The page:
D.C.'s Ban On Handguns In Homes Is Thrown Out

Joined by D.C. Mayor Adrian M. Fenty, left, Winston Robinson Jr., assistant chief of police, comments after the ruling on the city's handgun ban in homes. Fenty said he was
Joined by D.C. Mayor Adrian M. Fenty, left, Winston Robinson Jr., assistant chief of police, comments after the ruling on the city's handgun ban in homes. Fenty said he was "outraged." (By Susan Biddle -- The Washington Post)
By David Nakamura and Robert Barnes
Washington Post Staff Writers
Saturday, March 10, 2007

A federal appeals court ruled yesterday that the District's longtime ban on keeping handguns in homes is unconstitutional.

The 2 to 1 decision by an appellate panel outraged D.C. Mayor Adrian M. Fenty and other city leaders, who said that they will appeal and that gun-related crimes could rise if the ruling takes effect. The outcome elated opponents of strict gun controls because it knocked down one of the toughest laws in the country and vindicated their interpretation of the U.S. Constitution's language on the right to bear arms.

The panel from the U.S. Court of Appeals for the D.C. Circuit became the nation's first federal appeals court to overturn a gun-control law by declaring that the Second Amendment grants a person the right to possess firearms. One other circuit shares that viewpoint on individual rights, but others across the country say the protection that the Second Amendment offers relates to states being able to maintain a militia. Legal experts said the conflict could lead to the first Supreme Court review of the issue in nearly 70 years.

The District's law bars all handguns unless they were registered before 1976; it was passed that year to try to curb gun violence, but it has come under attack during the past three decades in Congress and in the courts. Yesterday's ruling guts key parts of the law but does not address provisions that effectively bar private citizens from carrying guns outside the home.

Fenty (D) said the city is committed to pursuing additional appeals, adding: "I am personally deeply disappointed and frankly outraged by this decision. It flies in the face of laws that have helped decrease gun violence in the District of Columbia."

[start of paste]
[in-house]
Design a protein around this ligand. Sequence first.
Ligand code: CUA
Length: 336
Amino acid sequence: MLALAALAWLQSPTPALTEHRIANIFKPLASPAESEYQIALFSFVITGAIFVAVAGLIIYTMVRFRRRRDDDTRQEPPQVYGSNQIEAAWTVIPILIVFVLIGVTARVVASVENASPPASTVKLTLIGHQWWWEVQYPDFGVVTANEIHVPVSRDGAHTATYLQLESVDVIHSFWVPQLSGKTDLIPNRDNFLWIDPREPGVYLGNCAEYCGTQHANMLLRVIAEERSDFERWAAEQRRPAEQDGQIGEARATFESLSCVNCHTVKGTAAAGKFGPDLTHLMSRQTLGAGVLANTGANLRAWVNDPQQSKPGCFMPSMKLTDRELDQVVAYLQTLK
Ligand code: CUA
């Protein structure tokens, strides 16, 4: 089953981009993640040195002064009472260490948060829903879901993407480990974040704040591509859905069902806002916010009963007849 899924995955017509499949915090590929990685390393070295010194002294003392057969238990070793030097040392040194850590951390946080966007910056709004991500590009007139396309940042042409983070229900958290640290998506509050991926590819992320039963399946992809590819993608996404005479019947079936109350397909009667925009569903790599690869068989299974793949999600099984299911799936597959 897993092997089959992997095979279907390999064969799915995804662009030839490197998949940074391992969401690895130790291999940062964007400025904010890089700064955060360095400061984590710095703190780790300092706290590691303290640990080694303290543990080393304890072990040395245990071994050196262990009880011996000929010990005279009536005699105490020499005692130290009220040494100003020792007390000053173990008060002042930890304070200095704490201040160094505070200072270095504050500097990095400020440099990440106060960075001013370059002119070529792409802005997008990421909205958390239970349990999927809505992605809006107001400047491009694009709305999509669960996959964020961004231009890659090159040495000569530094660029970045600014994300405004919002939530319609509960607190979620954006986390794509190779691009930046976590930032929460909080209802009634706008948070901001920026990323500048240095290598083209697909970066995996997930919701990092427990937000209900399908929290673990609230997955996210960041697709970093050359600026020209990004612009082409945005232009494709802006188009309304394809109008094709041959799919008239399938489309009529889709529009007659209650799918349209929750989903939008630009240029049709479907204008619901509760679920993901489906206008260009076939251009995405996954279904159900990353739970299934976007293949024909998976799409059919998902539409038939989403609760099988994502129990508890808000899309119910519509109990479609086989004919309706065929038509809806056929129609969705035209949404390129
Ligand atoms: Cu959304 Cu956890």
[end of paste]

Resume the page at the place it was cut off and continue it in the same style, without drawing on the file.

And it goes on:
City attorneys said that it would take at least 30 days for the court's decision to go into effect, during which time the District probably will file its appeal. During an appeal, which could last more than a year, the current law would remain in effect, the lawyers said.

Fenty said city officials will "do everything in our power to work to get the decision overturned, and we will vigorously enforce our handgun laws during that time."

The ruling was the latest development in four years of litigation waged by six D.C. residents who said they wanted to keep guns in their homes for self-defense. Alan Gura, an attorney for the plaintiffs, said, "This is a tremendous victory for the civil rights of all Americans."

Senior Judge Laurence H. Silberman wrote the majority opinion, also signed by Thomas B. Griffith. Karen LeCraft Henderson dissented. All three were appointed by Republican presidents.

"We conclude that the Second Amendment protects an individual right to keep and bear arms," Silberman said in the 58-page majority ruling.

The residents filed their lawsuit -- Parker v. the District of Columbia-- months after then-Attorney General John D. Ashcroft declared that gun bans violate the Second Amendment. They were aided by the Cato Institute, a nonprofit group that advocates personal liberties.

The suit said the ban on handgun ownership violates the Second Amendment, which states: "A well regulated militia, being necessary to the security of a free state, the right of the people to keep and bear arms, shall not be infringed."

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